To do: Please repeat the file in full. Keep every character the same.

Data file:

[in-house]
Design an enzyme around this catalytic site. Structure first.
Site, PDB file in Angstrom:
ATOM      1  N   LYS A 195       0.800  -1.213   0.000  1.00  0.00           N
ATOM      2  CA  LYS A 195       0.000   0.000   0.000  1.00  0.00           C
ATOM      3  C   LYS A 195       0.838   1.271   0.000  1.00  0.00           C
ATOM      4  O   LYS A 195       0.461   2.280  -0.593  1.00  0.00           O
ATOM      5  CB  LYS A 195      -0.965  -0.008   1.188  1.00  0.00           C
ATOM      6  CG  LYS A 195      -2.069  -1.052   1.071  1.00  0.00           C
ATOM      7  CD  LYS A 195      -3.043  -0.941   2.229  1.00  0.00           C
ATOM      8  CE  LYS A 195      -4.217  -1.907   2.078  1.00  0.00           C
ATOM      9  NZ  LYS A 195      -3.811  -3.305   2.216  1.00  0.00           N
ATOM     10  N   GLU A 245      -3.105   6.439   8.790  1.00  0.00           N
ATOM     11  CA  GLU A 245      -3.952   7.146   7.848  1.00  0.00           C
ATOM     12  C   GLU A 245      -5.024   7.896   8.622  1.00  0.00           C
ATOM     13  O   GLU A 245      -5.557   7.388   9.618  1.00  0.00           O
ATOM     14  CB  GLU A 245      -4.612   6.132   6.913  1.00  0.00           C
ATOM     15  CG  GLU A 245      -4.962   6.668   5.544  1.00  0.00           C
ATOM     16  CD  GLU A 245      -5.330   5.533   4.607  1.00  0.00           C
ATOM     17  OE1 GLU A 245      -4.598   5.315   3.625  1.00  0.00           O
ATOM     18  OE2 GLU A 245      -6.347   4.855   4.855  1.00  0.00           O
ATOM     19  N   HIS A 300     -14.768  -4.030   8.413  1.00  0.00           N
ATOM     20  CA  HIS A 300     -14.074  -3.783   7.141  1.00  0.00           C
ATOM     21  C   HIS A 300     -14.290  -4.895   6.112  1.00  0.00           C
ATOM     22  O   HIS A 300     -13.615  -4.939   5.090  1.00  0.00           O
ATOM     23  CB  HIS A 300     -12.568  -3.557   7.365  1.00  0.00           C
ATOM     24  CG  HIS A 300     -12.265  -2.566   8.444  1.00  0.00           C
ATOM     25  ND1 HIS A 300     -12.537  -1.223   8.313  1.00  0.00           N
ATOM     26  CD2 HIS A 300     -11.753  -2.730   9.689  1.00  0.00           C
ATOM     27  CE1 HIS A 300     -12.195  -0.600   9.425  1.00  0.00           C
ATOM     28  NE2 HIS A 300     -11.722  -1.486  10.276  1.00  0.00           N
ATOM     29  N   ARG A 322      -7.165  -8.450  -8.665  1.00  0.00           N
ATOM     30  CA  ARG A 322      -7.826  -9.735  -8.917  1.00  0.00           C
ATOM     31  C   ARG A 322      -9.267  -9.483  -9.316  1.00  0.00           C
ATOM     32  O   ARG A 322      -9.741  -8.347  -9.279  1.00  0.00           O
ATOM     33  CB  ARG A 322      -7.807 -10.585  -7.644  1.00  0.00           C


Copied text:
[in-house]
Design an enzyme around this catalytic site. Structure first.
Site, PDB file in Angstrom:
ATOM      1  N   LYS A 195       0.800  -1.213   0.000  1.00  0.00           N
ATOM      2  CA  LYS A 195       0.000   0.000   0.000  1.00  0.00           C
ATOM      3  C   LYS A 195       0.838   1.271   0.000  1.00  0.00           C
ATOM      4  O   LYS A 195       0.461   2.280  -0.593  1.00  0.00           O
ATOM      5  CB  LYS A 195      -0.965  -0.008   1.188  1.00  0.00           C
ATOM      6  CG  LYS A 195      -2.069  -1.052   1.071  1.00  0.00           C
ATOM      7  CD  LYS A 195      -3.043  -0.941   2.229  1.00  0.00           C
ATOM      8  CE  LYS A 195      -4.217  -1.907   2.078  1.00  0.00           C
ATOM      9  NZ  LYS A 195      -3.811  -3.305   2.216  1.00  0.00           N
ATOM     10  N   GLU A 245      -3.105   6.439   8.790  1.00  0.00           N
ATOM     11  CA  GLU A 245      -3.952   7.146   7.848  1.00  0.00           C
ATOM     12  C   GLU A 245      -5.024   7.896   8.622  1.00  0.00           C
ATOM     13  O   GLU A 245      -5.557   7.388   9.618  1.00  0.00           O
ATOM     14  CB  GLU A 245      -4.612   6.132   6.913  1.00  0.00           C
ATOM     15  CG  GLU A 245      -4.962   6.668   5.544  1.00  0.00           C
ATOM     16  CD  GLU A 245      -5.330   5.533   4.607  1.00  0.00           C
ATOM     17  OE1 GLU A 245      -4.598   5.315   3.625  1.00  0.00           O
ATOM     18  OE2 GLU A 245      -6.347   4.855   4.855  1.00  0.00           O
ATOM     19  N   HIS A 300     -14.768  -4.030   8.413  1.00  0.00           N
ATOM     20  CA  HIS A 300     -14.074  -3.783   7.141  1.00  0.00           C
ATOM     21  C   HIS A 300     -14.290  -4.895   6.112  1.00  0.00           C
ATOM     22  O   HIS A 300     -13.615  -4.939   5.090  1.00  0.00           O
ATOM     23  CB  HIS A 300     -12.568  -3.557   7.365  1.00  0.00           C
ATOM     24  CG  HIS A 300     -12.265  -2.566   8.444  1.00  0.00           C
ATOM     25  ND1 HIS A 300     -12.537  -1.223   8.313  1.00  0.00           N
ATOM     26  CD2 HIS A 300     -11.753  -2.730   9.689  1.00  0.00           C
ATOM     27  CE1 HIS A 300     -12.195  -0.600   9.425  1.00  0.00           C
ATOM     28  NE2 HIS A 300     -11.722  -1.486  10.276  1.00  0.00           N
ATOM     29  N   ARG A 322      -7.165  -8.450  -8.665  1.00  0.00           N
ATOM     30  CA  ARG A 322      -7.826  -9.735  -8.917  1.00  0.00           C
ATOM     31  C   ARG A 322      -9.267  -9.483  -9.316  1.00  0.00           C
ATOM     32  O   ARG A 322      -9.741  -8.347  -9.279  1.00  0.00           O
ATOM     33  CB  ARG A 322      -7.807 -10.585  -7.644  1.00  0.00           C